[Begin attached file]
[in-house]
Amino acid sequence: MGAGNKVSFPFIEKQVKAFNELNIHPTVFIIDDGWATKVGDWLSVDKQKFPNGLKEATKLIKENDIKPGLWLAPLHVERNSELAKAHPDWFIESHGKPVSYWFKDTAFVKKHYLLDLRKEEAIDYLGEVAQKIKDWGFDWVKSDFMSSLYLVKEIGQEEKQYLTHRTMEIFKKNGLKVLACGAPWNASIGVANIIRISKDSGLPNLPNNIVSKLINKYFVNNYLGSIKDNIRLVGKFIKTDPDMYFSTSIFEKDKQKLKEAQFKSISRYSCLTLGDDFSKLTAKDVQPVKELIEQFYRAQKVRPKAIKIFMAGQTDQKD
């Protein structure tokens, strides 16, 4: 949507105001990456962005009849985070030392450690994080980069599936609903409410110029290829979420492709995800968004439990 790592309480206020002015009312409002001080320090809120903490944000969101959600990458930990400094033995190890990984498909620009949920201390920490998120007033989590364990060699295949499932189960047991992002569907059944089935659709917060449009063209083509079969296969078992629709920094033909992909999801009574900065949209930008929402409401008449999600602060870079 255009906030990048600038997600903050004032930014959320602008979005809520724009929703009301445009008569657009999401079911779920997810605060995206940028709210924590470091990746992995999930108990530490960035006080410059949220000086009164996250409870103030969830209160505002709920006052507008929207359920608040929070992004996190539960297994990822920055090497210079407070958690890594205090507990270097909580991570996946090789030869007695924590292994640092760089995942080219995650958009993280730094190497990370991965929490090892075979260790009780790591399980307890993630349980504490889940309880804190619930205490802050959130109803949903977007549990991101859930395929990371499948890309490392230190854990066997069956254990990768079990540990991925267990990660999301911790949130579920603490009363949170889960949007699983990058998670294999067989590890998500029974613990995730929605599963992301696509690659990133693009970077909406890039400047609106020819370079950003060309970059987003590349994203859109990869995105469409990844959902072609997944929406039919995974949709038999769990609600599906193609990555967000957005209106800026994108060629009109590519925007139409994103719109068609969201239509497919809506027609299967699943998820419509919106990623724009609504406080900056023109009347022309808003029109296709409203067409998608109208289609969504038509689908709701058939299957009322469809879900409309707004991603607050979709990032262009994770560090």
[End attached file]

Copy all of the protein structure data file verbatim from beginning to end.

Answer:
[in-house]
Amino acid sequence: MGAGNKVSFPFIEKQVKAFNELNIHPTVFIIDDGWATKVGDWLSVDKQKFPNGLKEATKLIKENDIKPGLWLAPLHVERNSELAKAHPDWFIESHGKPVSYWFKDTAFVKKHYLLDLRKEEAIDYLGEVAQKIKDWGFDWVKSDFMSSLYLVKEIGQEEKQYLTHRTMEIFKKNGLKVLACGAPWNASIGVANIIRISKDSGLPNLPNNIVSKLINKYFVNNYLGSIKDNIRLVGKFIKTDPDMYFSTSIFEKDKQKLKEAQFKSISRYSCLTLGDDFSKLTAKDVQPVKELIEQFYRAQKVRPKAIKIFMAGQTDQKD
């Protein structure tokens, strides 16, 4: 949507105001990456962005009849985070030392450690994080980069599936609903409410110029290829979420492709995800968004439990 790592309480206020002015009312409002001080320090809120903490944000969101959600990458930990400094033995190890990984498909620009949920201390920490998120007033989590364990060699295949499932189960047991992002569907059944089935659709917060449009063209083509079969296969078992629709920094033909992909999801009574900065949209930008929402409401008449999600602060870079 255009906030990048600038997600903050004032930014959320602008979005809520724009929703009301445009008569657009999401079911779920997810605060995206940028709210924590470091990746992995999930108990530490960035006080410059949220000086009164996250409870103030969830209160505002709920006052507008929207359920608040929070992004996190539960297994990822920055090497210079407070958690890594205090507990270097909580991570996946090789030869007695924590292994640092760089995942080219995650958009993280730094190497990370991965929490090892075979260790009780790591399980307890993630349980504490889940309880804190619930205490802050959130109803949903977007549990991101859930395929990371499948890309490392230190854990066997069956254990990768079990540990991925267990990660999301911790949130579920603490009363949170889960949007699983990058998670294999067989590890998500029974613990995730929605599963992301696509690659990133693009970077909406890039400047609106020819370079950003060309970059987003590349994203859109990869995105469409990844959902072609997944929406039919995974949709038999769990609600599906193609990555967000957005209106800026994108060629009109590519925007139409994103719109068609969201239509497919809506027609299967699943998820419509919106990623724009609504406080900056023109009347022309808003029109296709409203067409998608109208289609969504038509689908709701058939299957009322469809879900409309707004991603607050979709990032262009994770560090």